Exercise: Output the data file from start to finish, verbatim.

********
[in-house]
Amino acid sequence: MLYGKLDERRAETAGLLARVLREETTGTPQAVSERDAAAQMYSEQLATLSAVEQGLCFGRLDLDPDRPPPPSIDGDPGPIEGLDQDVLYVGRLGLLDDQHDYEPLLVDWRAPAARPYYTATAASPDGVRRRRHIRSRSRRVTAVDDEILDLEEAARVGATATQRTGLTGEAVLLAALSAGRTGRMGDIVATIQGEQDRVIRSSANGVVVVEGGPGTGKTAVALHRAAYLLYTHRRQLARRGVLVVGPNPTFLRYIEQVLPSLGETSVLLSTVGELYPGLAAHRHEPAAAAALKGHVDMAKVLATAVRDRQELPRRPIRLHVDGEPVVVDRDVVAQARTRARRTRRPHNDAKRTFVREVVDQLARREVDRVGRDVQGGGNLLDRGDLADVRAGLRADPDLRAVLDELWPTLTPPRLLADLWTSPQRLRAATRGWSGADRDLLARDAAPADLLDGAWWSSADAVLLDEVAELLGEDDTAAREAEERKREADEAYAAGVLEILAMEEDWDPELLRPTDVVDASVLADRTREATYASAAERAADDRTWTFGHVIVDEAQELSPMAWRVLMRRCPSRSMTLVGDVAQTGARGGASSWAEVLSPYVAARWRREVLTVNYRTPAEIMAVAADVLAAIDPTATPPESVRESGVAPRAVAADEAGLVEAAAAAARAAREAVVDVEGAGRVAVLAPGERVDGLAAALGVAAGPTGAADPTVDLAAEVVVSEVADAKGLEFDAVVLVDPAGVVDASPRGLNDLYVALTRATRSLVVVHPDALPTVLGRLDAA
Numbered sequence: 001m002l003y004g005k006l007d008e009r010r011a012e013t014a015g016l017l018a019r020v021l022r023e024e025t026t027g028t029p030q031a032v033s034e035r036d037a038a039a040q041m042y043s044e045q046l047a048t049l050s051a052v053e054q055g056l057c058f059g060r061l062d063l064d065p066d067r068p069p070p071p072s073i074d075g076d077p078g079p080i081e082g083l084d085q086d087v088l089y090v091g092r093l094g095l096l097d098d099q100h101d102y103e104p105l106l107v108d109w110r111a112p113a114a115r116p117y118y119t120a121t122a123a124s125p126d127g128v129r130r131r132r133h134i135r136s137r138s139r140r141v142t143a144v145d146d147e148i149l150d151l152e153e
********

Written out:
[in-house]
Amino acid sequence: MLYGKLDERRAETAGLLARVLREETTGTPQAVSERDAAAQMYSEQLATLSAVEQGLCFGRLDLDPDRPPPPSIDGDPGPIEGLDQDVLYVGRLGLLDDQHDYEPLLVDWRAPAARPYYTATAASPDGVRRRRHIRSRSRRVTAVDDEILDLEEAARVGATATQRTGLTGEAVLLAALSAGRTGRMGDIVATIQGEQDRVIRSSANGVVVVEGGPGTGKTAVALHRAAYLLYTHRRQLARRGVLVVGPNPTFLRYIEQVLPSLGETSVLLSTVGELYPGLAAHRHEPAAAAALKGHVDMAKVLATAVRDRQELPRRPIRLHVDGEPVVVDRDVVAQARTRARRTRRPHNDAKRTFVREVVDQLARREVDRVGRDVQGGGNLLDRGDLADVRAGLRADPDLRAVLDELWPTLTPPRLLADLWTSPQRLRAATRGWSGADRDLLARDAAPADLLDGAWWSSADAVLLDEVAELLGEDDTAAREAEERKREADEAYAAGVLEILAMEEDWDPELLRPTDVVDASVLADRTREATYASAAERAADDRTWTFGHVIVDEAQELSPMAWRVLMRRCPSRSMTLVGDVAQTGARGGASSWAEVLSPYVAARWRREVLTVNYRTPAEIMAVAADVLAAIDPTATPPESVRESGVAPRAVAADEAGLVEAAAAAARAAREAVVDVEGAGRVAVLAPGERVDGLAAALGVAAGPTGAADPTVDLAAEVVVSEVADAKGLEFDAVVLVDPAGVVDASPRGLNDLYVALTRATRSLVVVHPDALPTVLGRLDAA
Numbered sequence: 001m002l003y004g005k006l007d008e009r010r011a012e013t014a015g016l017l018a019r020v021l022r023e024e025t026t027g028t029p030q031a032v033s034e035r036d037a038a039a040q041m042y043s044e045q046l047a048t049l050s051a052v053e054q055g056l057c058f059g060r061l062d063l064d065p066d067r068p069p070p071p072s073i074d075g076d077p078g079p080i081e082g083l084d085q086d087v088l089y090v091g092r093l094g095l096l097d098d099q100h101d102y103e104p105l106l107v108d109w110r111a112p113a114a115r116p117y118y119t120a121t122a123a124s125p126d127g128v129r130r131r132r133h134i135r136s137r138s139r140r141v142t143a144v145d146d147e148i149l150d151l152e153e